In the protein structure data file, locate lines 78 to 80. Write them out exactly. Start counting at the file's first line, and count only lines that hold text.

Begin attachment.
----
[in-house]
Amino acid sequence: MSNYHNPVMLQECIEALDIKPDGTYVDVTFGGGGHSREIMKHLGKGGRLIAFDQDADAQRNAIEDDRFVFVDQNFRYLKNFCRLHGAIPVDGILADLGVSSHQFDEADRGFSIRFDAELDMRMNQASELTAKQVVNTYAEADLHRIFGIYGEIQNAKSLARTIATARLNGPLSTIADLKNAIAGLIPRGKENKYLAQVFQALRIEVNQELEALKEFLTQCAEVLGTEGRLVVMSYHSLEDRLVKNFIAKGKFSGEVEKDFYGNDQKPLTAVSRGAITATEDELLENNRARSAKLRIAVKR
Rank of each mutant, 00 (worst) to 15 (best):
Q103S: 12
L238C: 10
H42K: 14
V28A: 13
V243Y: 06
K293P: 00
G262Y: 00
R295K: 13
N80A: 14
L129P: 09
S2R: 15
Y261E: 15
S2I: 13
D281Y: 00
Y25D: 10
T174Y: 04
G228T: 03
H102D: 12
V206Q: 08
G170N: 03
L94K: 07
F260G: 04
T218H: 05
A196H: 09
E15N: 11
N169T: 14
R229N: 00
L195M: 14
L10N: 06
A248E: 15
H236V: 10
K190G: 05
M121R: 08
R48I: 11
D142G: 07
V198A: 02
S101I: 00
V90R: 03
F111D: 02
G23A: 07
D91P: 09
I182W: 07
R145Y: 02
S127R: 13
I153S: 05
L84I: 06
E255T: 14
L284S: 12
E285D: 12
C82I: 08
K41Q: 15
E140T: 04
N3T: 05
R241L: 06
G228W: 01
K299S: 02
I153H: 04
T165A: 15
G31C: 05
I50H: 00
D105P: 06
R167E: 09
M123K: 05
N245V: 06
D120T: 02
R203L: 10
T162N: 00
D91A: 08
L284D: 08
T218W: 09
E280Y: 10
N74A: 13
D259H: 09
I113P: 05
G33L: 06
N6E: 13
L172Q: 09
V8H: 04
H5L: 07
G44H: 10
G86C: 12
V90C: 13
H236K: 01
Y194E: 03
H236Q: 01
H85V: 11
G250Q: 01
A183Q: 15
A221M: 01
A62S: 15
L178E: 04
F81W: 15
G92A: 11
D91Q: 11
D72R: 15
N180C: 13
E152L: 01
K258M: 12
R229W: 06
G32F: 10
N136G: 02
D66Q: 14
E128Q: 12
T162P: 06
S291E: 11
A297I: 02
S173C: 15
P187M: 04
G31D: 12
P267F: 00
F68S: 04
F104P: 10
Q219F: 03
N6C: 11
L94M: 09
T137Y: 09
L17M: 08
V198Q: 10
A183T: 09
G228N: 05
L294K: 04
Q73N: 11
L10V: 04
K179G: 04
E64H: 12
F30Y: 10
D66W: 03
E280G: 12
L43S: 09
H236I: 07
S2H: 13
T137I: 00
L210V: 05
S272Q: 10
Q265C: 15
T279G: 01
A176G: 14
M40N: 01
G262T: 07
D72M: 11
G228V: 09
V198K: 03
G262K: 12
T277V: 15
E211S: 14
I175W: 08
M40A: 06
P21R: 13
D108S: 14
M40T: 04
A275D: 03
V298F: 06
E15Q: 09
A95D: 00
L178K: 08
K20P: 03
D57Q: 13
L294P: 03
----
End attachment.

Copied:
G33L: 06
N6E: 13
L172Q: 09